Homicide is the 13th leading cause of death among infants (i.e., children aged <1 year) in the United States (1). Infant homicides occurring within the first 24 hours of life (i.e., neonaticide) are primarily perpetrated by the mother, who might be of young age, unmarried, have lower educational attainment, and is most likely associated with concealment of an unintended pregnancy and nonhospital birthing (2). After the first day of life, infant homicides might be associated with other factors (e.g., child abuse and neglect or caregiver frustration) (2). A 2002 study of the age variation in homicide risk in U.S. infants during 1989-1998 found that the overall infant homicide rate was 8.3 per 100,000 person-years, and on the first day of life was 222.2 per 100,000 person-years, a homicide rate at least 10 times greater than that for any other time of life (3). Because of this period of heightened risk, by 2008 all 50 states* and Puerto Rico had enacted Safe Haven Laws. These laws allow a parent to legally surrender an infant who might otherwise be abandoned or endangered (4). CDC analyzed infant homicides in the United States during 2008-2017 to determine whether rates changed after nationwide implementation of Safe Haven Laws, and to examine the association between infant homicide rates and state-specific Safe Haven age limits. During 2008-2017, the overall infant homicide rate was 7.2 per 100,000 person-years, and on the first day of life was 74.0 per 100,000 person-years, representing a 66.7% decrease from 1989-1998. However, the homicide rate on first day of life was still 5.4 times higher than that for any other time in life. No obvious association was found between infant homicide rates and Safe Haven age limits. States are encouraged to evaluate the effectiveness of their Safe Haven Laws and other prevention strategies to ensure they are achieving the intended benefits of preventing infant homicides. Programs and policies that strengthen economic supports, provide affordable childcare, and enhance and improve skills for young parents might contribute to the prevention of infant homicides.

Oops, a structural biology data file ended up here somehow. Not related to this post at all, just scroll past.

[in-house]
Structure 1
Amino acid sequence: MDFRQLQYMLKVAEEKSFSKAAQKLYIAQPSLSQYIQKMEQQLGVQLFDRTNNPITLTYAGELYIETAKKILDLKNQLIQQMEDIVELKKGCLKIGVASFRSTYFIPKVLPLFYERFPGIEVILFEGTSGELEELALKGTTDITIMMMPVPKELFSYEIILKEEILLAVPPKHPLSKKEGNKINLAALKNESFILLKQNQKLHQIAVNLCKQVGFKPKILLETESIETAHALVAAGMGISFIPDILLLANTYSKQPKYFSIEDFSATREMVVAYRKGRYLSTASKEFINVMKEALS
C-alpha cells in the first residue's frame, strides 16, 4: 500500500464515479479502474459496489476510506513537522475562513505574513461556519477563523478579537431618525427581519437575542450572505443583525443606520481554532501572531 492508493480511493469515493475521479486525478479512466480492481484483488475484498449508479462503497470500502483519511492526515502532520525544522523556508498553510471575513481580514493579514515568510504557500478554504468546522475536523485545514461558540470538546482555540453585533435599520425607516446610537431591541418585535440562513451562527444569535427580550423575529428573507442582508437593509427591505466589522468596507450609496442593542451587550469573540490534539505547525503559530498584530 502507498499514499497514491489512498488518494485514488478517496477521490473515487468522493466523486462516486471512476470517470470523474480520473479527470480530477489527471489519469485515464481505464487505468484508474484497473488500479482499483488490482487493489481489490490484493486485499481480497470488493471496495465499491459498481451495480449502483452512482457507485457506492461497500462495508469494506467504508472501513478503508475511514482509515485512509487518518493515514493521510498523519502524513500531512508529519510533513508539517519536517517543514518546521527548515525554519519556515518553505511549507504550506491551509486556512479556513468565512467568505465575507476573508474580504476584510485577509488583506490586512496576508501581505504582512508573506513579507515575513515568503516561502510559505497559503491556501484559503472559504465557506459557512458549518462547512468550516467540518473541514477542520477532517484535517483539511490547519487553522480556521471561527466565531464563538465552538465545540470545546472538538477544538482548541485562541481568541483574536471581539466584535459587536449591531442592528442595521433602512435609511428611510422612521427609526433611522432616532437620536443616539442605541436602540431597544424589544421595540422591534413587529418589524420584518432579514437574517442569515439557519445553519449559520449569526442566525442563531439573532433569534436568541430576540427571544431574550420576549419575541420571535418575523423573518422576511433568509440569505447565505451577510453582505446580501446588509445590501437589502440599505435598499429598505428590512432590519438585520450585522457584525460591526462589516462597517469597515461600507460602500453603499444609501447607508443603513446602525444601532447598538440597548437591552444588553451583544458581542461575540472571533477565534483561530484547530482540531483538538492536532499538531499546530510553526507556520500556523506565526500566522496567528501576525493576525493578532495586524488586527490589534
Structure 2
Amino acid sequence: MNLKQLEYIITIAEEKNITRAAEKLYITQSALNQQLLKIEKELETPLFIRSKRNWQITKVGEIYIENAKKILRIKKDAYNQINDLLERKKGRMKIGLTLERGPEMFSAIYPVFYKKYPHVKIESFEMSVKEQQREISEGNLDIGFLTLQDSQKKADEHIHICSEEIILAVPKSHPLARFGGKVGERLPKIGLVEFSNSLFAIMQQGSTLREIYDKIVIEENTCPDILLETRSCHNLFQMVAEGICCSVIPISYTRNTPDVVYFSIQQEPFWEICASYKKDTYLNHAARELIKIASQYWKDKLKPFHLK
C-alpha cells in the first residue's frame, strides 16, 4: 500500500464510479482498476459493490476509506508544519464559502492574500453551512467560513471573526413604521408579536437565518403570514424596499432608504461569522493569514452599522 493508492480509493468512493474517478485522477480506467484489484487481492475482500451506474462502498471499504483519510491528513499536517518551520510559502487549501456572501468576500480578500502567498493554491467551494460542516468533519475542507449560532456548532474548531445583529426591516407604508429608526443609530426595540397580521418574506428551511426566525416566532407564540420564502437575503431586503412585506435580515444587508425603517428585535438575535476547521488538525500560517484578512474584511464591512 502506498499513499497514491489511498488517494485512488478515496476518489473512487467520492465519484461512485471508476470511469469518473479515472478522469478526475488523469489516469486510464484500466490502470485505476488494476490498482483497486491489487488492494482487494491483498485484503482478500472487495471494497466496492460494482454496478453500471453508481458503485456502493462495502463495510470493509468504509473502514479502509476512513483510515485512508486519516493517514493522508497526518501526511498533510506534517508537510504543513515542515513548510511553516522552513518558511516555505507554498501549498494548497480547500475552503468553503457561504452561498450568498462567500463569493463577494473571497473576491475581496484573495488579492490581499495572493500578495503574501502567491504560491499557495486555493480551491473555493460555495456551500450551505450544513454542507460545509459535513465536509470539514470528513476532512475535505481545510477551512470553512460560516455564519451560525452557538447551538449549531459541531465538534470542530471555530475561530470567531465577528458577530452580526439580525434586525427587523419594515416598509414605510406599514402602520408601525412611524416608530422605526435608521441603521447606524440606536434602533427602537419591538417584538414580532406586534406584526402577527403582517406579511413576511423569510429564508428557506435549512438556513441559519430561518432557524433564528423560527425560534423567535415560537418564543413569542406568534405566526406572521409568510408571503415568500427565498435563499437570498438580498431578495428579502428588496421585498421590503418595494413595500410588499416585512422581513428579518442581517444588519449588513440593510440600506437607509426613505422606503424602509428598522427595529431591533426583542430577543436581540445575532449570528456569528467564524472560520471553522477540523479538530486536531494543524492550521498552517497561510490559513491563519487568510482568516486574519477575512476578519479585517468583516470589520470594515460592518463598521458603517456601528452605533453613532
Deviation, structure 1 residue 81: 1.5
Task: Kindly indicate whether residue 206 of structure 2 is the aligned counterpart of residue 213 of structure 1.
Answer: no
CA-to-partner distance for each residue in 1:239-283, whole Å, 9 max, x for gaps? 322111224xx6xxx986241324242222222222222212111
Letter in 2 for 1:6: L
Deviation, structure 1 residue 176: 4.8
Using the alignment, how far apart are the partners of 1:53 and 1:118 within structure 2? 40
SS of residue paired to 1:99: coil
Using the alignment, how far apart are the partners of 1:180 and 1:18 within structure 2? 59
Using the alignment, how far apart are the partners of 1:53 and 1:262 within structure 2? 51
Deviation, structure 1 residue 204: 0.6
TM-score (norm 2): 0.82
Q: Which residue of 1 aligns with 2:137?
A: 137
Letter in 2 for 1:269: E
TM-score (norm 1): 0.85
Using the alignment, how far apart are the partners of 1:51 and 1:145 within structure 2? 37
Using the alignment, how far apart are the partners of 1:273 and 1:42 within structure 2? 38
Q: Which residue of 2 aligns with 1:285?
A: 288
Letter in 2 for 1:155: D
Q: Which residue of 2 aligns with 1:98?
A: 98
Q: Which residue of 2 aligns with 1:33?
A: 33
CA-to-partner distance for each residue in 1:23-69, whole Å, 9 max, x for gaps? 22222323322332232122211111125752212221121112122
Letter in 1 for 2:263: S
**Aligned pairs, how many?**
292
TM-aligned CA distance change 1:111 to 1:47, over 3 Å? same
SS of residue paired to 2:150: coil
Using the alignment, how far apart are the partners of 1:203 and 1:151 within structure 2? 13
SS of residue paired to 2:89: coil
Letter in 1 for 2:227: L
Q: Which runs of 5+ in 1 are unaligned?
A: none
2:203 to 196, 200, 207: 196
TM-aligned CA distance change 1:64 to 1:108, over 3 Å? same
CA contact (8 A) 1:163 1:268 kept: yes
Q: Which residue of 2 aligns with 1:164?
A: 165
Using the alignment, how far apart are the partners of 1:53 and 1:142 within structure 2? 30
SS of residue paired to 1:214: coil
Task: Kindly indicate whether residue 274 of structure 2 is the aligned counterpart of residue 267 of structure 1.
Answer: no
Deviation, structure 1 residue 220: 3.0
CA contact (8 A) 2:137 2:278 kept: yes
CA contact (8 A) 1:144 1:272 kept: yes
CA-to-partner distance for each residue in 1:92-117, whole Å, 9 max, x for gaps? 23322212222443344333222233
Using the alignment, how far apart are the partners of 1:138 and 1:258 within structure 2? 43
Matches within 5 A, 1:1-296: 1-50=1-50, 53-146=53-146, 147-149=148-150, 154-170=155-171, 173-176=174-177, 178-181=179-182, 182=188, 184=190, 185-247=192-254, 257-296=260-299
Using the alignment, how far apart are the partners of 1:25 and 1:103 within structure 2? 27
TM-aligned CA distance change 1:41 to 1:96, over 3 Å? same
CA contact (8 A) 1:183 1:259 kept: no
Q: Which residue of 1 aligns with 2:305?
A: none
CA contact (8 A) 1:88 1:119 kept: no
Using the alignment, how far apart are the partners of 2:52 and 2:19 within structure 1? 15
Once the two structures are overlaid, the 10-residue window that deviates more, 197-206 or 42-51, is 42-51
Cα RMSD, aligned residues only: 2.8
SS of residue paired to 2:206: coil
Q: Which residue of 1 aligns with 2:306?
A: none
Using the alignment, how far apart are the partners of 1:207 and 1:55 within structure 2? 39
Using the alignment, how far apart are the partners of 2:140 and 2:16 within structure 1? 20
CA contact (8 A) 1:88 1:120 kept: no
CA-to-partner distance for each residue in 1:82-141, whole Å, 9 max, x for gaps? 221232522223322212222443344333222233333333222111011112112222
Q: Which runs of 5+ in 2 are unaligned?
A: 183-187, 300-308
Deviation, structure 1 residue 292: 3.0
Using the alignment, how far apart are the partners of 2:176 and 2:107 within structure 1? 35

View Article and Find Full Text PDF

Download full-text PDF

Source
http://dx.doi.org/10.15585/mmwr.mm6939a1DOI Listing
http://www.ncbi.nlm.nih.gov/pmc/articles/PMC7537560PMC
October 2020

Indication-Specific Opioid Prescribing for US Patients With Medicaid or Private Insurance, 2017.

JAMA Netw Open 2020 05 1;3(5):e204514. Epub 2020 May 1.

National Center for Injury Prevention and Control, Centers for Disease Control and Prevention, Atlanta, Georgia.

Importance: Although opioids can be effective medications in certain situations, they are associated with harms, including opioid use disorder and overdose. Studies have revealed unexplained prescribing variation and prescribing mismatched with patient-reported pain for many indications.